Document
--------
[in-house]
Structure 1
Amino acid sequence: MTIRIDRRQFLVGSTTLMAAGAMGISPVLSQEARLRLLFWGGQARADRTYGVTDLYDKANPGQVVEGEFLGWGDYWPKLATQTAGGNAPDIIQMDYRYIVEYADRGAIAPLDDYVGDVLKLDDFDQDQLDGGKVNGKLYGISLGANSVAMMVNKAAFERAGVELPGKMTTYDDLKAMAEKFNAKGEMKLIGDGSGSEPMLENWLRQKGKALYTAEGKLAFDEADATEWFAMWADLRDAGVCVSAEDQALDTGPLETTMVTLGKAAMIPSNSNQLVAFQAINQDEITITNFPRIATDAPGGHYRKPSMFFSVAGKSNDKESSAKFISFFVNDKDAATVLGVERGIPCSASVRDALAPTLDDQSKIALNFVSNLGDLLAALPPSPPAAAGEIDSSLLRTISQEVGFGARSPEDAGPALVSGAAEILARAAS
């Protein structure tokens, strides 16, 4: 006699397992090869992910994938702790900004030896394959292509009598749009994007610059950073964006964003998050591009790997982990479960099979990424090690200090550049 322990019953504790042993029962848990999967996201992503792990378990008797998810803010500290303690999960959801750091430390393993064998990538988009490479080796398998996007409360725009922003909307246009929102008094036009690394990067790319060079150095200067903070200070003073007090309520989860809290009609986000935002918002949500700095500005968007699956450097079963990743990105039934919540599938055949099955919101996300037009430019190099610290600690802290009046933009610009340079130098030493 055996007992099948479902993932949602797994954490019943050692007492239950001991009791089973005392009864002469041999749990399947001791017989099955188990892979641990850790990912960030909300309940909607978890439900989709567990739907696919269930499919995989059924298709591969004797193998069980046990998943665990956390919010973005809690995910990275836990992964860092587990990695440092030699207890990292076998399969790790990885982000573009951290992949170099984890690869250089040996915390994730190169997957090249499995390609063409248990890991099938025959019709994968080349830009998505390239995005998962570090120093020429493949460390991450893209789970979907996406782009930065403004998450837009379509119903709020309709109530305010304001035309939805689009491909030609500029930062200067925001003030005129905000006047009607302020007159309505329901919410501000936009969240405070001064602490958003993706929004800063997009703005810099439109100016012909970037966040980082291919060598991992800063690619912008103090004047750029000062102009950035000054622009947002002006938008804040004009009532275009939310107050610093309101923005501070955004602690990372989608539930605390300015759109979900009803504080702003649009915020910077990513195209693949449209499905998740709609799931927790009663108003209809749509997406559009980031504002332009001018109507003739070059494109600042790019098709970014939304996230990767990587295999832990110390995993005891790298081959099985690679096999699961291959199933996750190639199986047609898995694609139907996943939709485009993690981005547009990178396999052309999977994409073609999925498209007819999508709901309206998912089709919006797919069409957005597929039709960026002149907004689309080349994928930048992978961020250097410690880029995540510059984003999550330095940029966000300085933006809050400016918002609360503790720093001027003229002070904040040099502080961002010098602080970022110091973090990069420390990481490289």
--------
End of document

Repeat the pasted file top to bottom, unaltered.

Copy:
[in-house]
Structure 1
Amino acid sequence: MTIRIDRRQFLVGSTTLMAAGAMGISPVLSQEARLRLLFWGGQARADRTYGVTDLYDKANPGQVVEGEFLGWGDYWPKLATQTAGGNAPDIIQMDYRYIVEYADRGAIAPLDDYVGDVLKLDDFDQDQLDGGKVNGKLYGISLGANSVAMMVNKAAFERAGVELPGKMTTYDDLKAMAEKFNAKGEMKLIGDGSGSEPMLENWLRQKGKALYTAEGKLAFDEADATEWFAMWADLRDAGVCVSAEDQALDTGPLETTMVTLGKAAMIPSNSNQLVAFQAINQDEITITNFPRIATDAPGGHYRKPSMFFSVAGKSNDKESSAKFISFFVNDKDAATVLGVERGIPCSASVRDALAPTLDDQSKIALNFVSNLGDLLAALPPSPPAAAGEIDSSLLRTISQEVGFGARSPEDAGPALVSGAAEILARAAS
């Protein structure tokens, strides 16, 4: 006699397992090869992910994938702790900004030896394959292509009598749009994007610059950073964006964003998050591009790997982990479960099979990424090690200090550049 322990019953504790042993029962848990999967996201992503792990378990008797998810803010500290303690999960959801750091430390393993064998990538988009490479080796398998996007409360725009922003909307246009929102008094036009690394990067790319060079150095200067903070200070003073007090309520989860809290009609986000935002918002949500700095500005968007699956450097079963990743990105039934919540599938055949099955919101996300037009430019190099610290600690802290009046933009610009340079130098030493 055996007992099948479902993932949602797994954490019943050692007492239950001991009791089973005392009864002469041999749990399947001791017989099955188990892979641990850790990912960030909300309940909607978890439900989709567990739907696919269930499919995989059924298709591969004797193998069980046990998943665990956390919010973005809690995910990275836990992964860092587990990695440092030699207890990292076998399969790790990885982000573009951290992949170099984890690869250089040996915390994730190169997957090249499995390609063409248990890991099938025959019709994968080349830009998505390239995005998962570090120093020429493949460390991450893209789970979907996406782009930065403004998450837009379509119903709020309709109530305010304001035309939805689009491909030609500029930062200067925001003030005129905000006047009607302020007159309505329901919410501000936009969240405070001064602490958003993706929004800063997009703005810099439109100016012909970037966040980082291919060598991992800063690619912008103090004047750029000062102009950035000054622009947002002006938008804040004009009532275009939310107050610093309101923005501070955004602690990372989608539930605390300015759109979900009803504080702003649009915020910077990513195209693949449209499905998740709609799931927790009663108003209809749509997406559009980031504002332009001018109507003739070059494109600042790019098709970014939304996230990767990587295999832990110390995993005891790298081959099985690679096999699961291959199933996750190639199986047609898995694609139907996943939709485009993690981005547009990178396999052309999977994409073609999925498209007819999508709901309206998912089709919006797919069409957005597929039709960026002149907004689309080349994928930048992978961020250097410690880029995540510059984003999550330095940029966000300085933006809050400016918002609360503790720093001027003229002070904040040099502080961002010098602080970022110091973090990069420390990481490289």